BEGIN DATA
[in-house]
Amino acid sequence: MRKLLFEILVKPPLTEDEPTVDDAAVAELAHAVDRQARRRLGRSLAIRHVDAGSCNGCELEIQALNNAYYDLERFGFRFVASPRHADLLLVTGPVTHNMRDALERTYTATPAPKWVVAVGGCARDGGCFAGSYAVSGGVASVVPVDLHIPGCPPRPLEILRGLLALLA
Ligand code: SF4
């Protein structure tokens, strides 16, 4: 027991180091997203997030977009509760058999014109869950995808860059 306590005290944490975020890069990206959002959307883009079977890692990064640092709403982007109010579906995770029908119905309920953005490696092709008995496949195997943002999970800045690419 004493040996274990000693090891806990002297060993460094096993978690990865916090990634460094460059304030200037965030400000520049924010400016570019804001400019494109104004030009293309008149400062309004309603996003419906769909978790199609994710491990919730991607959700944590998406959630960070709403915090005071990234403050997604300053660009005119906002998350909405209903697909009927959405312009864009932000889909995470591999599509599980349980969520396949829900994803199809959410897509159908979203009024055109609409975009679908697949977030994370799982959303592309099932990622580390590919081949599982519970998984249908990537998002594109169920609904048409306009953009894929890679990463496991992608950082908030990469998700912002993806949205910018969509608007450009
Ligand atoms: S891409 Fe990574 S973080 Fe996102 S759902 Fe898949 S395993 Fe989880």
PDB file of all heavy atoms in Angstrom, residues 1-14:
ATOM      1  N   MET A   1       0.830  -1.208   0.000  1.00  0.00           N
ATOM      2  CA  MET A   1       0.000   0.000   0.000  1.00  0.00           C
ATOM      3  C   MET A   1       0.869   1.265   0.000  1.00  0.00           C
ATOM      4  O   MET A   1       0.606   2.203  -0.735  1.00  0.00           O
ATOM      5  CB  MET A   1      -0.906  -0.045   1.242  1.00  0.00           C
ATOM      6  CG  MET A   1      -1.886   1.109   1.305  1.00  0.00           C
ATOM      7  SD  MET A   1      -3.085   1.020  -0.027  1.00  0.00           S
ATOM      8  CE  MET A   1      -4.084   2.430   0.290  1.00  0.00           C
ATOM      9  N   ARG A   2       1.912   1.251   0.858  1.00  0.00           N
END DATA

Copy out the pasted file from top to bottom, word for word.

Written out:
[in-house]
Amino acid sequence: MRKLLFEILVKPPLTEDEPTVDDAAVAELAHAVDRQARRRLGRSLAIRHVDAGSCNGCELEIQALNNAYYDLERFGFRFVASPRHADLLLVTGPVTHNMRDALERTYTATPAPKWVVAVGGCARDGGCFAGSYAVSGGVASVVPVDLHIPGCPPRPLEILRGLLALLA
Ligand code: SF4
């Protein structure tokens, strides 16, 4: 027991180091997203997030977009509760058999014109869950995808860059 306590005290944490975020890069990206959002959307883009079977890692990064640092709403982007109010579906995770029908119905309920953005490696092709008995496949195997943002999970800045690419 004493040996274990000693090891806990002297060993460094096993978690990865916090990634460094460059304030200037965030400000520049924010400016570019804001400019494109104004030009293309008149400062309004309603996003419906769909978790199609994710491990919730991607959700944590998406959630960070709403915090005071990234403050997604300053660009005119906002998350909405209903697909009927959405312009864009932000889909995470591999599509599980349980969520396949829900994803199809959410897509159908979203009024055109609409975009679908697949977030994370799982959303592309099932990622580390590919081949599982519970998984249908990537998002594109169920609904048409306009953009894929890679990463496991992608950082908030990469998700912002993806949205910018969509608007450009
Ligand atoms: S891409 Fe990574 S973080 Fe996102 S759902 Fe898949 S395993 Fe989880």
PDB file of all heavy atoms in Angstrom, residues 1-14:
ATOM      1  N   MET A   1       0.830  -1.208   0.000  1.00  0.00           N
ATOM      2  CA  MET A   1       0.000   0.000   0.000  1.00  0.00           C
ATOM      3  C   MET A   1       0.869   1.265   0.000  1.00  0.00           C
ATOM      4  O   MET A   1       0.606   2.203  -0.735  1.00  0.00           O
ATOM      5  CB  MET A   1      -0.906  -0.045   1.242  1.00  0.00           C
ATOM      6  CG  MET A   1      -1.886   1.109   1.305  1.00  0.00           C
ATOM      7  SD  MET A   1      -3.085   1.020  -0.027  1.00  0.00           S
ATOM      8  CE  MET A   1      -4.084   2.430   0.290  1.00  0.00           C
ATOM      9  N   ARG A   2       1.912   1.251   0.858  1.00  0.00           N